I am using the Wiki dumps for work, and I have been following this list for some time
Since you bring it in, I do think too that "the simpler the better" regarding
data formats for batch-processing with Hadoop.
Working with table-like data formats is easy as this is the default format.
Working with XML, JSON and other formats allowing complex nested structures (e.g. map,
lists, and combination of them) is slightly more difficult as it involves
serialization/de-serializations steps for which libraries need to be available for your
favorite framework: Hadoop Java M/R, Hadoop Streaming, Pig, Hive, etc.
Nothing very difficult though...
I am glad to see some thinking around Hadoop (and NoSQL) as this the way to go when
working with large datasets such as Wikipedia.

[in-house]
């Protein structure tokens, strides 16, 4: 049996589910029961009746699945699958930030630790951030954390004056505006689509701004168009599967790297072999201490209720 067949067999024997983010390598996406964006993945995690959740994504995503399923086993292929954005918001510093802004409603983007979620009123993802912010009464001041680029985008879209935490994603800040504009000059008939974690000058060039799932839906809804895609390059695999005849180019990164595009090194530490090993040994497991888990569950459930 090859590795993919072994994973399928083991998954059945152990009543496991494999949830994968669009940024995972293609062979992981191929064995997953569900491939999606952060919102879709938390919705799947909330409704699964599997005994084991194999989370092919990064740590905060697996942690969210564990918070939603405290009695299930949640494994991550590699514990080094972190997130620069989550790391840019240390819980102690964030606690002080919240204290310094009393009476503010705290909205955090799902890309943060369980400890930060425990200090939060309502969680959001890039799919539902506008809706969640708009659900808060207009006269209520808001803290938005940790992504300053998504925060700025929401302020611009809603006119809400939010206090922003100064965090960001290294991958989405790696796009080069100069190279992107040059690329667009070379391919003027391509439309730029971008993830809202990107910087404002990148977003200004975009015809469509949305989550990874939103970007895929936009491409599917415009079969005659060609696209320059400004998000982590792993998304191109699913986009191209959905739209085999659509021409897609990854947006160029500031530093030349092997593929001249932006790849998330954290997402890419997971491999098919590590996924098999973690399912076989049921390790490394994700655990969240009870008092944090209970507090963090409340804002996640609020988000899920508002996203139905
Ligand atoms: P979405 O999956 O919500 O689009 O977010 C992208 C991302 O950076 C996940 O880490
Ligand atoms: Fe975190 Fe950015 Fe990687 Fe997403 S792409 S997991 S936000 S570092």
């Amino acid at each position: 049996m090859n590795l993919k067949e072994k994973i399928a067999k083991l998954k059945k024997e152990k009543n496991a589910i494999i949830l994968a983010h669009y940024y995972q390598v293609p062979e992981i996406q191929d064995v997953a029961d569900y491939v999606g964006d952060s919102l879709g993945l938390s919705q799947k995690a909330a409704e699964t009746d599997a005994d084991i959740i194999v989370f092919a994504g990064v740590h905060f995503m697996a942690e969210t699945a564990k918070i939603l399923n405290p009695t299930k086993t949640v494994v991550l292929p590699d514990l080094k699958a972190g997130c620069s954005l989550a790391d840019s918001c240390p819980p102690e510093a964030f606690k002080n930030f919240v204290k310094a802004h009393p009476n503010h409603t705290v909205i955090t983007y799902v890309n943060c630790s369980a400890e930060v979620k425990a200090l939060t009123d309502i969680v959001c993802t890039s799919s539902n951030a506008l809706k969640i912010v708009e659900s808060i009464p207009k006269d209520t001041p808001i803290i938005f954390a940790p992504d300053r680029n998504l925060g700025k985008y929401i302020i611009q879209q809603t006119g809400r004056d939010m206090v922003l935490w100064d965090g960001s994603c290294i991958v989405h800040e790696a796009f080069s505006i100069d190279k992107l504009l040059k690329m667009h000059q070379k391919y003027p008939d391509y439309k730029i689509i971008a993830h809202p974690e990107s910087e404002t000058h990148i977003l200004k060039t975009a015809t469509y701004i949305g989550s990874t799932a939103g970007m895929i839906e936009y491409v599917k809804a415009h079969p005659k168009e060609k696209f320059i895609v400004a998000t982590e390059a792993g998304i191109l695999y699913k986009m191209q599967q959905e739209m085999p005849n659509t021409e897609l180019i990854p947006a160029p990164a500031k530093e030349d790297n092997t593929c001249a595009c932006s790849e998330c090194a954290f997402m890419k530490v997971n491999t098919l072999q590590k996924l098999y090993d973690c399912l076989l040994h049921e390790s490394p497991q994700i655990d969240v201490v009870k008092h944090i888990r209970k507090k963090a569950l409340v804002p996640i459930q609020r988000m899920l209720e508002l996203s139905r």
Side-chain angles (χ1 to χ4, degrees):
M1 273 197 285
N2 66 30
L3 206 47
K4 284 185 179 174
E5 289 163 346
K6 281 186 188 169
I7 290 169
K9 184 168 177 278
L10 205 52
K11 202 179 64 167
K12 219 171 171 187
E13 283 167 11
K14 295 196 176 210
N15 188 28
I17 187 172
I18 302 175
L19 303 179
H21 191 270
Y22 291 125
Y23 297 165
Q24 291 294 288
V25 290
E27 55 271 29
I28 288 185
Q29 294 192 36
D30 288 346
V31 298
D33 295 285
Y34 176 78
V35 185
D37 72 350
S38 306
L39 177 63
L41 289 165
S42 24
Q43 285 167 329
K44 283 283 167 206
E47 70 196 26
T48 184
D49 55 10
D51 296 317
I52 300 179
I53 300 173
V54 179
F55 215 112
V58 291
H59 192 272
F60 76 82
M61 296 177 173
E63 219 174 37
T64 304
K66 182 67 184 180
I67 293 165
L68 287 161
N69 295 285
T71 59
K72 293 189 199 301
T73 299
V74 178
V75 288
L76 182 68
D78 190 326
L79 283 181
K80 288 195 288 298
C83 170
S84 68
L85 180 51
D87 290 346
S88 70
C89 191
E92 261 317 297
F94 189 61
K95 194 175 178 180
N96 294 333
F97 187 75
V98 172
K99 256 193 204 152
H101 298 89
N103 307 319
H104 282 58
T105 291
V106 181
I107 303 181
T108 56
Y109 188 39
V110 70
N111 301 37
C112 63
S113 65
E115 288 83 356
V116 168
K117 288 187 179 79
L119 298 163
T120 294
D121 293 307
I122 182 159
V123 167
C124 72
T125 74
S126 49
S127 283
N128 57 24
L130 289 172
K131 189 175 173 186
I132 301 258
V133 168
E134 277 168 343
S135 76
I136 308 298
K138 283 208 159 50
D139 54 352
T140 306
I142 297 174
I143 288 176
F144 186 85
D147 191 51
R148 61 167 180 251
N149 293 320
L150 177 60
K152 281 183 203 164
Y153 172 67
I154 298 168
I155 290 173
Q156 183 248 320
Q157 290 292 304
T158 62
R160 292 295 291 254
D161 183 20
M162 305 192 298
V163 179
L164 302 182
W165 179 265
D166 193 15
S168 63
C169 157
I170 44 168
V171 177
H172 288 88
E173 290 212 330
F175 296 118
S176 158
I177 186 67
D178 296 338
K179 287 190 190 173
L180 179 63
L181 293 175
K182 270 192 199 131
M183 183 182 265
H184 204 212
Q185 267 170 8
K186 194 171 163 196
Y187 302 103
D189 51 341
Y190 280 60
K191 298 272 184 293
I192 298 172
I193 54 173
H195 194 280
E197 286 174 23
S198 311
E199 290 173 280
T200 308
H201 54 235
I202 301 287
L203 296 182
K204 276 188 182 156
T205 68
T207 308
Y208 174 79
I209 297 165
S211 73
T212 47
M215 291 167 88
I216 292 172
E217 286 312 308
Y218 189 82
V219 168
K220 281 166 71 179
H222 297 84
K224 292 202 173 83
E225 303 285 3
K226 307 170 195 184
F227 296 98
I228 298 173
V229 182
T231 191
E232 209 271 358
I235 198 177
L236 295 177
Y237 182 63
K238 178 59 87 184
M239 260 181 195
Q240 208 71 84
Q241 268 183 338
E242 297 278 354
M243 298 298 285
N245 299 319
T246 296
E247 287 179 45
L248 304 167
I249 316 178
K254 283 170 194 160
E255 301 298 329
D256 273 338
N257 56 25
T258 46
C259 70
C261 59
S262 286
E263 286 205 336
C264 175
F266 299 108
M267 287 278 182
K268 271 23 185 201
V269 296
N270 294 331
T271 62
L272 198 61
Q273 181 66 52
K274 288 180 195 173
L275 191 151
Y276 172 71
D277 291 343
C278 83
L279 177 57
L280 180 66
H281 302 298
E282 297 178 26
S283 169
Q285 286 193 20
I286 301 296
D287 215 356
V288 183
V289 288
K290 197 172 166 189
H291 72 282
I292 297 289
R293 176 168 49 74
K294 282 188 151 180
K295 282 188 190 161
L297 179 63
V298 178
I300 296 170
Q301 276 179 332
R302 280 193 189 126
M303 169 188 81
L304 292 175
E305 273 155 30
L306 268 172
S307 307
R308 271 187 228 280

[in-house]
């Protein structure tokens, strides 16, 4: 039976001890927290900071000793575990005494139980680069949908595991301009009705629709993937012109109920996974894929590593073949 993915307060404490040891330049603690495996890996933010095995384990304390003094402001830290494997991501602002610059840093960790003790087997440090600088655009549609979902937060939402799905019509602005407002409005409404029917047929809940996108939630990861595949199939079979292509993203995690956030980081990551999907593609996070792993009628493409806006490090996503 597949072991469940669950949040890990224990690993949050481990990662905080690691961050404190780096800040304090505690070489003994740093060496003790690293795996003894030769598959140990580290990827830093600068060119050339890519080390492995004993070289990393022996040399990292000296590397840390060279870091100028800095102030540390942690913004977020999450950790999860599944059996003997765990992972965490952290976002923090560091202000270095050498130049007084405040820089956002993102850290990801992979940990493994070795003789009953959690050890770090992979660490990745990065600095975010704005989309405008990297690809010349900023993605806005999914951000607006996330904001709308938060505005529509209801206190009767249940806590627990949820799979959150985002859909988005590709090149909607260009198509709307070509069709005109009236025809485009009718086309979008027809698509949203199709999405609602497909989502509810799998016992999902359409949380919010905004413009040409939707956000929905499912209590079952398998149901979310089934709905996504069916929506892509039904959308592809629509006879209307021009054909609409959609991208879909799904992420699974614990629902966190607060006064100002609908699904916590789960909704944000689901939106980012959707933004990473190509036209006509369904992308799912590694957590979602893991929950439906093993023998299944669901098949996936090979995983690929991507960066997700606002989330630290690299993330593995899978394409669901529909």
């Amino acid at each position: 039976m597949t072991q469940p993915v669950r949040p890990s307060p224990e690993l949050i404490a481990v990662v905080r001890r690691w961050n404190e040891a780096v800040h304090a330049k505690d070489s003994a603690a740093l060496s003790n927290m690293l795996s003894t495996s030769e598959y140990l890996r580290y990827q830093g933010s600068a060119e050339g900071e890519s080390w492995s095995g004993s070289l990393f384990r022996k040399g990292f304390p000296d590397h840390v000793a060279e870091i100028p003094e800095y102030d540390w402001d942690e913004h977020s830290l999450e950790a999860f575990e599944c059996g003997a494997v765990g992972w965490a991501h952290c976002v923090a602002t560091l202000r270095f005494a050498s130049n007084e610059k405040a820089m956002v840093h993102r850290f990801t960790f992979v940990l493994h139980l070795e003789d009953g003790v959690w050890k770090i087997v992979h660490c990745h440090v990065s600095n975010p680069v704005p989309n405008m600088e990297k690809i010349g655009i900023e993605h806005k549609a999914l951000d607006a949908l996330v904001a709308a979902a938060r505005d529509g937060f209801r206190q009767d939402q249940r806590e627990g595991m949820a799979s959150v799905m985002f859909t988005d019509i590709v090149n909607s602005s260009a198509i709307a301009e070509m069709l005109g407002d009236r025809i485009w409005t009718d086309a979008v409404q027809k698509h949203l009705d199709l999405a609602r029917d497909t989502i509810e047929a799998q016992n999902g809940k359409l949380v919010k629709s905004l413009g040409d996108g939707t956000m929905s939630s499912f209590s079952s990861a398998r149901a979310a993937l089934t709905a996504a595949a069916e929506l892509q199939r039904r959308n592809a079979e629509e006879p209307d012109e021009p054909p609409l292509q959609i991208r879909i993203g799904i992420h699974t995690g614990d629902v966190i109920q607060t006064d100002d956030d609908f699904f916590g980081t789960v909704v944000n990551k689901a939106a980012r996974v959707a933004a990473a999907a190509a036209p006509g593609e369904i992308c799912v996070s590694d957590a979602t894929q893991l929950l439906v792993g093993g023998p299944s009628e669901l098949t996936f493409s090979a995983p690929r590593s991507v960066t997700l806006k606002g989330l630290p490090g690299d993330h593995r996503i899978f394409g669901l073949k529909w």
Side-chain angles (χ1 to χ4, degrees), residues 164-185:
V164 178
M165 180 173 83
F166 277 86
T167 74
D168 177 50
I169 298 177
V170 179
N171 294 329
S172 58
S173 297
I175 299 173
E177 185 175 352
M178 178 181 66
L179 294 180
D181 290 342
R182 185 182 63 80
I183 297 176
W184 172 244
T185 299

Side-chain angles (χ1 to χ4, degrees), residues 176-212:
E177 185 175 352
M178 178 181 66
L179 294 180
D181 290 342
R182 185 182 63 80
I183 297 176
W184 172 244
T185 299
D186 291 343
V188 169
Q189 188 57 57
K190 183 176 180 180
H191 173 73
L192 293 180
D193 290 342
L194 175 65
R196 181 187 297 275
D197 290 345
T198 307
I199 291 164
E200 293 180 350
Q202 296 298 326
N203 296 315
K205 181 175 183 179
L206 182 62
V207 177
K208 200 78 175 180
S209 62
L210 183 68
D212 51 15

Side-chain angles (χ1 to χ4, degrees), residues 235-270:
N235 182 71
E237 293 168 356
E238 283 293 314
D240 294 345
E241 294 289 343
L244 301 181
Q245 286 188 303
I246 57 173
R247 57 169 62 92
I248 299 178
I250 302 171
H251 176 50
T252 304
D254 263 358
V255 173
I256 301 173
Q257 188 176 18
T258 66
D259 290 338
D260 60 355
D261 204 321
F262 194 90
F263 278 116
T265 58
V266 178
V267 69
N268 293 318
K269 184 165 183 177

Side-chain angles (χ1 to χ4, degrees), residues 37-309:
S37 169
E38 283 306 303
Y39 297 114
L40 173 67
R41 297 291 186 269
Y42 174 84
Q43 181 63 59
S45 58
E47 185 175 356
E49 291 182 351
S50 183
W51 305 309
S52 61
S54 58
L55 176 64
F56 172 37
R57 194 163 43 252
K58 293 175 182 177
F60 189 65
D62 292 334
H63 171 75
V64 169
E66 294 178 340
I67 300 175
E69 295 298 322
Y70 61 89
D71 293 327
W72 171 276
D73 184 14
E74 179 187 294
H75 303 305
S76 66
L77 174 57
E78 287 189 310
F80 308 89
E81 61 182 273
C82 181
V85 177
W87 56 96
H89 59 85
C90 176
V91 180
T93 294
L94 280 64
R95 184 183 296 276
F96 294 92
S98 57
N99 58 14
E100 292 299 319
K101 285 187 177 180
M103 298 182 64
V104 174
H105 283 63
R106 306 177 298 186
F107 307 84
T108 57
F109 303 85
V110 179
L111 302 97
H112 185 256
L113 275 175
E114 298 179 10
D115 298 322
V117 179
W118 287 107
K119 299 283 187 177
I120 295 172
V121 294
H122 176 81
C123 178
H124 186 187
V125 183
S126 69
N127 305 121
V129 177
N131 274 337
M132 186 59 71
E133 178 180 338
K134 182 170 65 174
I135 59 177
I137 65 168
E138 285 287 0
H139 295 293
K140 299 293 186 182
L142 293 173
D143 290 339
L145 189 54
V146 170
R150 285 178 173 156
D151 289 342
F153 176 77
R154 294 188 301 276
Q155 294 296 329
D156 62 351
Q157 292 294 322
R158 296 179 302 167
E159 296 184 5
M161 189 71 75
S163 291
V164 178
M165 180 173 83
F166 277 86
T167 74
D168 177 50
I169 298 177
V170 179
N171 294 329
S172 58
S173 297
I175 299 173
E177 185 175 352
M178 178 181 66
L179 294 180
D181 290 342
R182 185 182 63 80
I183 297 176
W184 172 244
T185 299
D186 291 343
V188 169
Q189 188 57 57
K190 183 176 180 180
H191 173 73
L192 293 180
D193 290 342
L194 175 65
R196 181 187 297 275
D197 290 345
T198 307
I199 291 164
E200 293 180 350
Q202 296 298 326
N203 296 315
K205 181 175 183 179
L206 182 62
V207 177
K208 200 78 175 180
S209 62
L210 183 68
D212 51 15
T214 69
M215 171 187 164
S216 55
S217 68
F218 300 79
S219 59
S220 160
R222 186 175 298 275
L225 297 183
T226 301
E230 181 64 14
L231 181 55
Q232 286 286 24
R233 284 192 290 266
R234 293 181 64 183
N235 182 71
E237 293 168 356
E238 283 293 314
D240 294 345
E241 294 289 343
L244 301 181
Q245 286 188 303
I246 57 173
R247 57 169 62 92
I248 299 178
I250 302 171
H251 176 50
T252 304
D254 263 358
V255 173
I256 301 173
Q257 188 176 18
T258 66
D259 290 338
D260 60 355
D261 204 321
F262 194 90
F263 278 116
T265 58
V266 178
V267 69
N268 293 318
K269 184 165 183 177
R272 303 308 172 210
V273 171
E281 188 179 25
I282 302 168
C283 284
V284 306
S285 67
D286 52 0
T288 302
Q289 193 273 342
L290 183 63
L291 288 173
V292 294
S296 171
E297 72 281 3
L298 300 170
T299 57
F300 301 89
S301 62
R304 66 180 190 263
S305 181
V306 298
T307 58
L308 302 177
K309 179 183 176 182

On 3/29/11 7:45 AM, "Yuvi Panda" <yuvipanda(a)gmail.com> wrote:
On Tue, Mar 29, 2011 at 7:58 PM, Diederik van Liere <dvanliere(a)gmail.com> wrote:
I do not think that getting the data in sqlite format
is going to be very valuable. People can already get the data in Mysql databases (although
that is not that easy either) and so getting it in sqlite will not give additional
benefits in terms of querying capabilities. I am also not sure if sqlite can handle such
True, but it's not one large sqlite database - it'll be split across
multiple smaller ones, and explicit pointers will be maintained so
that random access is as effecient as possible.
What I do think might be valuable is to work on a text
format (JSON, CSV) to store the dumps. The reason is that we are looking at a Nosql
datastore solution (for example Hadoop) and storing the data in a non-xml but still text
format is going to be really useful.
Interesting. How exactly would having JSON/CSV be better than XML from
a import-into-nosql-datastore perspective?
Yuvi Panda T
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